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From Wikipedia, the free encyclopedia

Mission typeEarth science
COSPAR ID1966-034
SATCAT no.S02150
Spacecraft properties
ManufacturerSpace General
Launch mass69 kg (152 lb)[1]
Start of mission
Launch date22 Apr 1966 09:45:00 (1966-04-22UTC09:45) UTC
RocketScout B
Launch siteVandenberg PALC-D[2]
Orbital parameters
RegimeMedium Earth Orbit
Perigee altitude341.00 km (211.89 mi)
Apogee altitude4,658.00 km (2,894.35 mi)
Period138.70 minutes [3]
Epoch22 Apr 1966 09:50:00
OV3-4 →

Orbiting Vehicle 3-1 (also known as OV3-1 and OPS 1527[4] ), launched 22 April 1966, was the first satellite in the OV3 series of the United States Air Force's Orbiting Vehicle program. The satellite measured radiation above the Earth, returning useful data for over a year. It is still in orbit as of 1 April 2021.


The Orbiting Vehicle satellite program arose from a US Air Force initiative, begun in the early 1960s, to reduce the expense of space research. Through this initiative, satellites would be standardized to improve reliability and cost-efficiency, and where possible, they would fly on test vehicles or be piggybacked with other satellites. In 1961, the Air Force Office of Aerospace Research (OAR) created the Aerospace Research Support Program (ARSP) to request satellite research proposals and choose mission experiments. The USAF Space and Missiles Organization created their own analog of the ARSP called the Space Experiments Support Program (SESP), which sponsored a greater proportion of technological experiments than the ARSP.[5]:417 Five distinct OV series of standardized satellites were developed under the auspices of these agencies.[5]:425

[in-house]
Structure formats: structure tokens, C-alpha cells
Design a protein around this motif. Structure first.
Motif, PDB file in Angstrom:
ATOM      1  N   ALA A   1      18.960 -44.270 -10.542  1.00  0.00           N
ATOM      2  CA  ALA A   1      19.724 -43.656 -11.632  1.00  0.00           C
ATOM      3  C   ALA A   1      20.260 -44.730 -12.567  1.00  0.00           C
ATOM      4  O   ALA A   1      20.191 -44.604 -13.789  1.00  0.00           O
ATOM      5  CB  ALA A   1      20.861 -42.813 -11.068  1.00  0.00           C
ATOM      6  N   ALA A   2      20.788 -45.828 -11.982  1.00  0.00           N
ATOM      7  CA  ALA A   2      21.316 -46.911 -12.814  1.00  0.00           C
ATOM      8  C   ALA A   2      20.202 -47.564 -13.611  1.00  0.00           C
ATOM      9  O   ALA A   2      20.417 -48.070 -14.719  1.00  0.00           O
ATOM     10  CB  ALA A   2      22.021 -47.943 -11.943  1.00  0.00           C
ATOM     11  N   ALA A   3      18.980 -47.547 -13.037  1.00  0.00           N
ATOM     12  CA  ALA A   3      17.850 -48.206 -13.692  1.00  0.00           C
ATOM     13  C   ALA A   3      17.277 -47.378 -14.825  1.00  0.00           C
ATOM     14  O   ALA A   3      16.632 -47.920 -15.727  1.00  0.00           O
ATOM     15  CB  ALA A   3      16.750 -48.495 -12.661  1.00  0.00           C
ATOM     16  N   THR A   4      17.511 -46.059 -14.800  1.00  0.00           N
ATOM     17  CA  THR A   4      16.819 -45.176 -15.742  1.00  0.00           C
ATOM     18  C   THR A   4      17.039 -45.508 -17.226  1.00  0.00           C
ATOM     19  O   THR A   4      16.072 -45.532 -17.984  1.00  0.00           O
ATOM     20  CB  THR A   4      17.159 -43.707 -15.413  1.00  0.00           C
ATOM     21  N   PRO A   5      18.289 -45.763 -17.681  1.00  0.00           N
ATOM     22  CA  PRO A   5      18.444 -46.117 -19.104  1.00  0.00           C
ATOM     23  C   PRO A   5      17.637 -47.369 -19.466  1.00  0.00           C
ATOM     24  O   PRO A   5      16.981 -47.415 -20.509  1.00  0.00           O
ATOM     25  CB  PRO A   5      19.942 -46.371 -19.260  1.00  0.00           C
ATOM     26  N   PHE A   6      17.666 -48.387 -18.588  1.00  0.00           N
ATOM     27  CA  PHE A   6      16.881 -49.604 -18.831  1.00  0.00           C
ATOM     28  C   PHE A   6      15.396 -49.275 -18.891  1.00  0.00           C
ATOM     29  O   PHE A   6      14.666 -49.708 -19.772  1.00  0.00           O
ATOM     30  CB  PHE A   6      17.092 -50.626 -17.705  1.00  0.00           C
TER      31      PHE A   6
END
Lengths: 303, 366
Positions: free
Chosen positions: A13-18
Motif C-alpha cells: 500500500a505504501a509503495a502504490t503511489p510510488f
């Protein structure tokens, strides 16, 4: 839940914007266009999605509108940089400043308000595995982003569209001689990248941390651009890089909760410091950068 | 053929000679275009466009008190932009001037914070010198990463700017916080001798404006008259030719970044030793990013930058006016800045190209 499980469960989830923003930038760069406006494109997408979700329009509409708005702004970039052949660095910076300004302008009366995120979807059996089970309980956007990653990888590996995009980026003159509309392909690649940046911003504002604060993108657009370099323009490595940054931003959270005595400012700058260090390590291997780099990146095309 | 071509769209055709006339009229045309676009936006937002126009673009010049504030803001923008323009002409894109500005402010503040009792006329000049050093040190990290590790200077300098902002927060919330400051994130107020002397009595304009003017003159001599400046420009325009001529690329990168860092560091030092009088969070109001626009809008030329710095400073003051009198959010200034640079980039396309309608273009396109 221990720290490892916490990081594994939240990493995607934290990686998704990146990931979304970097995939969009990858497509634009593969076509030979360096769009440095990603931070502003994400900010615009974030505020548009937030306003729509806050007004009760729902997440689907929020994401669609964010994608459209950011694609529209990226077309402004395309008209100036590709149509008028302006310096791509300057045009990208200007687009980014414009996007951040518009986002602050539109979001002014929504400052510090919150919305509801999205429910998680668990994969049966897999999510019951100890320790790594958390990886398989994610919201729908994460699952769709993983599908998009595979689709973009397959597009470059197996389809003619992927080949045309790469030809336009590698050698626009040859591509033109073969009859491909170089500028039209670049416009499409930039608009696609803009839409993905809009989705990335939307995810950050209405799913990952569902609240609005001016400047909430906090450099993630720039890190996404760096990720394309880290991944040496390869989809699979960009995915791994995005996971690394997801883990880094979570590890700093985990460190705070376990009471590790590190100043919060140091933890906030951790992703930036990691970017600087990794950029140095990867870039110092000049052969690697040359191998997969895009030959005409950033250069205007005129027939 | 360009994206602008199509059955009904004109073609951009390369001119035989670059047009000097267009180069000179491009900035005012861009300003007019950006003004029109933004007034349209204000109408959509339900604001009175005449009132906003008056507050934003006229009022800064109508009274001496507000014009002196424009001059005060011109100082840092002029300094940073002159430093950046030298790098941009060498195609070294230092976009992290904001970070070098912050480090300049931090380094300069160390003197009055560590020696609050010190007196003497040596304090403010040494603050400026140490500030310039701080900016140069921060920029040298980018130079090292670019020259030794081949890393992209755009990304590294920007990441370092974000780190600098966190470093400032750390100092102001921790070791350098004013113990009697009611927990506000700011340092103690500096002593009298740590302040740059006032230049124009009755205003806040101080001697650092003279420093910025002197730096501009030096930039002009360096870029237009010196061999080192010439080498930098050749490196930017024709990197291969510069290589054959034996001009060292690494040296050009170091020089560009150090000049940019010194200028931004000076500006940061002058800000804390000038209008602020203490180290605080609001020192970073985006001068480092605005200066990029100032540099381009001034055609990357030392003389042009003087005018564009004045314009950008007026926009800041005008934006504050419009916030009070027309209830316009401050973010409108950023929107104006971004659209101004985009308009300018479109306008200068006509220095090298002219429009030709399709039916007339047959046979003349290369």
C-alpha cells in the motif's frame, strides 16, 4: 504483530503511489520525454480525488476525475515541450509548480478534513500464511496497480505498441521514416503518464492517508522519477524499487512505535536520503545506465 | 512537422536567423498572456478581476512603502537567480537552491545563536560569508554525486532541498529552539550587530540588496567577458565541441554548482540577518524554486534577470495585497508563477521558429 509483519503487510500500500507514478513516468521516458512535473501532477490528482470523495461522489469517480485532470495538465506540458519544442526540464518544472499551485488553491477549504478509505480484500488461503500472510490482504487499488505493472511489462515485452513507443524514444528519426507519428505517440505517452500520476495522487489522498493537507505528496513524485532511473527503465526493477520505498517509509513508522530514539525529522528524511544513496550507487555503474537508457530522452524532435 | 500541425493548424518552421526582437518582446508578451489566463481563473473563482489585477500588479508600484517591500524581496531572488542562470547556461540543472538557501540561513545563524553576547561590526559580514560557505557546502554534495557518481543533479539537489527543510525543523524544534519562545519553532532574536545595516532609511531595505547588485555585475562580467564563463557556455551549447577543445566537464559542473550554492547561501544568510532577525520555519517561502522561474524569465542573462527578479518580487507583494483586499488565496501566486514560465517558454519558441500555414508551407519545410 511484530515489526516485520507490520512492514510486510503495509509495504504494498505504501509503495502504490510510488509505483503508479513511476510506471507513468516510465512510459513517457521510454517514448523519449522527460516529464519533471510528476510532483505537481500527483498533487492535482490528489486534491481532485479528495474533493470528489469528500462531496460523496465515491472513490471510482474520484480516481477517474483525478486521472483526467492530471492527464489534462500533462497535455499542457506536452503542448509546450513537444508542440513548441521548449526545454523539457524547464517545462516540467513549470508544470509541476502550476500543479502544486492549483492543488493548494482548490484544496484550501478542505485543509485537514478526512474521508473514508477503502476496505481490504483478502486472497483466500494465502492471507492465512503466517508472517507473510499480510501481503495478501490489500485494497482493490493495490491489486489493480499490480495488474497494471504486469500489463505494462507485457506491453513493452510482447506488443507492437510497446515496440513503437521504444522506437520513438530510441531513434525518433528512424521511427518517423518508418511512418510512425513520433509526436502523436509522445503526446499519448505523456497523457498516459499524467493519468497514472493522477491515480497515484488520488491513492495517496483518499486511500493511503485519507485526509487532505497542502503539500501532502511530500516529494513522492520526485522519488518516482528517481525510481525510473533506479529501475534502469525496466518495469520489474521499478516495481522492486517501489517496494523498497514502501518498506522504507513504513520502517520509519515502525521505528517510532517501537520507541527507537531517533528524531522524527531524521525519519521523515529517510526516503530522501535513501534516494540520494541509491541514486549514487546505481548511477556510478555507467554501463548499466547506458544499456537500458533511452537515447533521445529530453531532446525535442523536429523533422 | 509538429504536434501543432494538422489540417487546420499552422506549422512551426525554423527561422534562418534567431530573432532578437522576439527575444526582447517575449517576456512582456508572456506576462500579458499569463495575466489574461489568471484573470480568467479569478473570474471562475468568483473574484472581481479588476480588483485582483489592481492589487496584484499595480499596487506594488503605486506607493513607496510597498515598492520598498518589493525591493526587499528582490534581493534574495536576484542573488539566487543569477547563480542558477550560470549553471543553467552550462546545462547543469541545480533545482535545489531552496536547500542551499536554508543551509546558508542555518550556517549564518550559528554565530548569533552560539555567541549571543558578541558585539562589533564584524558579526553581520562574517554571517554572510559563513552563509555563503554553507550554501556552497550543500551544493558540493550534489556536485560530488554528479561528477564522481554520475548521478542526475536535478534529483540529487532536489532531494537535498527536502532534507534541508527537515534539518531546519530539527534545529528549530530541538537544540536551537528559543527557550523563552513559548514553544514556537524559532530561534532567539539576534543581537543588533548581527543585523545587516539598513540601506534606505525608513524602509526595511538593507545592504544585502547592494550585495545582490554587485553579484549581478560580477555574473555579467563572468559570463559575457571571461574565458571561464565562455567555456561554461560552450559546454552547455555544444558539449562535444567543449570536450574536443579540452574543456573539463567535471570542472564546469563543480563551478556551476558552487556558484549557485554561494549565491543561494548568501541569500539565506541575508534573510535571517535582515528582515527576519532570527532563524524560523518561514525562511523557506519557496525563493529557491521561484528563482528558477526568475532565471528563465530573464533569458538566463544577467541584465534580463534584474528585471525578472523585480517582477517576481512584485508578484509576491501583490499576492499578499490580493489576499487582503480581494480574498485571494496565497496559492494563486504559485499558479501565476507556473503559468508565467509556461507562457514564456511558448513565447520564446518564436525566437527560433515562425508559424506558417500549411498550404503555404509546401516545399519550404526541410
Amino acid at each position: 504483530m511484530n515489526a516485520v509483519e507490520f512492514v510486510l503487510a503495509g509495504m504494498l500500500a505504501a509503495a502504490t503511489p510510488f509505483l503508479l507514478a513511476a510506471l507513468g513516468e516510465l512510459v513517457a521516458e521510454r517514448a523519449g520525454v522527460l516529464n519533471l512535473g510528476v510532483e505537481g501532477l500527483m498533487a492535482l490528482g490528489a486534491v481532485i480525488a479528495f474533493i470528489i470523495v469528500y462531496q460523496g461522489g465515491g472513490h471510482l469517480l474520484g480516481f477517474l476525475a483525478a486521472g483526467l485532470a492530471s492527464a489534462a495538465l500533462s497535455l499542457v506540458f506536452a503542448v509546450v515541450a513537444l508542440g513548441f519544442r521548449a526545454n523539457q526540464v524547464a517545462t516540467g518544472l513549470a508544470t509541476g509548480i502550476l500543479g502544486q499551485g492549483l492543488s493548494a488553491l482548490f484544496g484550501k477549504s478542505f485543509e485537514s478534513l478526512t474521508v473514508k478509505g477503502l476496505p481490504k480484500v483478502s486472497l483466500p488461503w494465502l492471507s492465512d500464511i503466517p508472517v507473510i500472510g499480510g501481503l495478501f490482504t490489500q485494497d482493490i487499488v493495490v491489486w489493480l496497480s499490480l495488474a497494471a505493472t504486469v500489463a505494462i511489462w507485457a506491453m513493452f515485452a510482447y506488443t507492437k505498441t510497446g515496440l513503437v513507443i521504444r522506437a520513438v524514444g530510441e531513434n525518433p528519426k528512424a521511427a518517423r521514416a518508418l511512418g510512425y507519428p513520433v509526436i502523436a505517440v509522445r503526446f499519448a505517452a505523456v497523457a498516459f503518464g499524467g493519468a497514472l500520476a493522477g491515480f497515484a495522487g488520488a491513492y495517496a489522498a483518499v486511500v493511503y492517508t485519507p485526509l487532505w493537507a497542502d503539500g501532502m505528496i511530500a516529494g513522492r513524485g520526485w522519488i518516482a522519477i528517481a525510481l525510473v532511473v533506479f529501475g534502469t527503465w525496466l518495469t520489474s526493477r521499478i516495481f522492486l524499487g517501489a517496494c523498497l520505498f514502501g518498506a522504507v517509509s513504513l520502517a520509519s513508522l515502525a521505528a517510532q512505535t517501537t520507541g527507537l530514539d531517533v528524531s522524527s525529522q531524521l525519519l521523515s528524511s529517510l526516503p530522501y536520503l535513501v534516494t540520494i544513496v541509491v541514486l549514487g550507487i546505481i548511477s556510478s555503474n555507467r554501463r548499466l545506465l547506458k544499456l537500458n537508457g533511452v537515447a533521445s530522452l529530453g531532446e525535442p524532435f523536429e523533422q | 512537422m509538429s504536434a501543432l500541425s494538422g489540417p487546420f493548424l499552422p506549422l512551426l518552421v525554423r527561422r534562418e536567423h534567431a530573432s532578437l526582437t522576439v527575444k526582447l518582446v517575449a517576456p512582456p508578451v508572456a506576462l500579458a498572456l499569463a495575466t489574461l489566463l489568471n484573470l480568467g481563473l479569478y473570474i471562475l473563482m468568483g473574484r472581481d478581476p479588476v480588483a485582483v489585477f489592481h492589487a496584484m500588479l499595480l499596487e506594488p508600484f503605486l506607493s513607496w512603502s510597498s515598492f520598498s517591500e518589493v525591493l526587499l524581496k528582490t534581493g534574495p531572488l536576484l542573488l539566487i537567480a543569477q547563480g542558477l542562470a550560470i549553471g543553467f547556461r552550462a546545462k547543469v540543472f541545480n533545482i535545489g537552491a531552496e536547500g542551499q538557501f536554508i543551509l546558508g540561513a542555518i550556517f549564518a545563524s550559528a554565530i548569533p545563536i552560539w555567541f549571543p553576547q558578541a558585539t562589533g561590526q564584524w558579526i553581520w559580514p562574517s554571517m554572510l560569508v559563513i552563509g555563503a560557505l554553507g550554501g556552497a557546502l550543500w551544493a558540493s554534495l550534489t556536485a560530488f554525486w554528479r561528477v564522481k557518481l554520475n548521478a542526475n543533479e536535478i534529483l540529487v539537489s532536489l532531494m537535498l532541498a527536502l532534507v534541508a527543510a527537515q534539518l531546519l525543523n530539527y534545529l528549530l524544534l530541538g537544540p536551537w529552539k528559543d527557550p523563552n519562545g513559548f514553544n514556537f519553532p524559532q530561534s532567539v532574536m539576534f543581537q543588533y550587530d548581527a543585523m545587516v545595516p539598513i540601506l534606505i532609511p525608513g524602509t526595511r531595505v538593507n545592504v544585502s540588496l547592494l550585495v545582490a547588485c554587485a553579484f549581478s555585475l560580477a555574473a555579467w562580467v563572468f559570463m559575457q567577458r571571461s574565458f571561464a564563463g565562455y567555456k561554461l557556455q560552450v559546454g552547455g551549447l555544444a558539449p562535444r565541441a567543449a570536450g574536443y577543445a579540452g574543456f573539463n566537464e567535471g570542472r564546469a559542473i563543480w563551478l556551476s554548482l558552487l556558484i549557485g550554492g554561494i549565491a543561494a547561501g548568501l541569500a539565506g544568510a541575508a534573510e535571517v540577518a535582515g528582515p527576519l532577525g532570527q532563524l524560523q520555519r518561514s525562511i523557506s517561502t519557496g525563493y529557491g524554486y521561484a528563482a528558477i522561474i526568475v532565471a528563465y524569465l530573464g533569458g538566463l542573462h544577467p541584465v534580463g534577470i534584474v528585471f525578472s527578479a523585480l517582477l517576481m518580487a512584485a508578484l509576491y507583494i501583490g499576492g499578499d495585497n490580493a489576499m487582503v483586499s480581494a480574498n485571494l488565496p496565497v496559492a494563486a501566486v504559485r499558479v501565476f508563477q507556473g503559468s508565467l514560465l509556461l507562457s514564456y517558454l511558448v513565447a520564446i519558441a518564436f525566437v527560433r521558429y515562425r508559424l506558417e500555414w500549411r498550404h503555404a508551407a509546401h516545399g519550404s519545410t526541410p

Unlike the OV1 and OV2 series satellites, which were designed to use empty payload space on rocket test launches, the OV3 series was more akin to its civilian science program counterparts (e.g. Explorer). The six OV3 satellites all had dedicated Scout boosters and an integrated set of experiments. OV3 differed from NASA programs in its heavy use of off-the-shelf equipment, which resulted in lower unit cost.[5]:422–423

The first four satellites in the series were made the Aerojet subsidiary Space General Corporation under a $1.35m contract awarded 2 December 1964, the first satellite due October 1965. The last two satellites were built by Air Force Cambridge Research Laboratory (AFCRL), which also managed the entire series and provided four of the OV3 payloads.[5]:422–423

Charles H. Reynolds, Technical Manager of OV3
Charles H. Reynolds, Technical Manager of OV3

Charles H. Reynolds, who worked at AFCRL from 1955, was the technical manager for the OV3 program.[6] AFCRL scientists Don F. Smart and Rita C. Sagalyn managed the satellite project.[7]

Spacecraft design

OV3 satellites schematic
OV3 satellite schematic

Like the rest of the OV3 satellites, OV3-1 was an octagonal prism, .74 m (2 ft 5 in) in length and width, with experiments mounted on booms. 2560 solar cells provided 30 Watts of power. Designed for a six month mission,[6] the satellite was spin-stabilized, but because it was asymmetrical once its four booms were extended,[8] OV3-1 maintained its attitude in orbit with a precession damper.[5]:422–423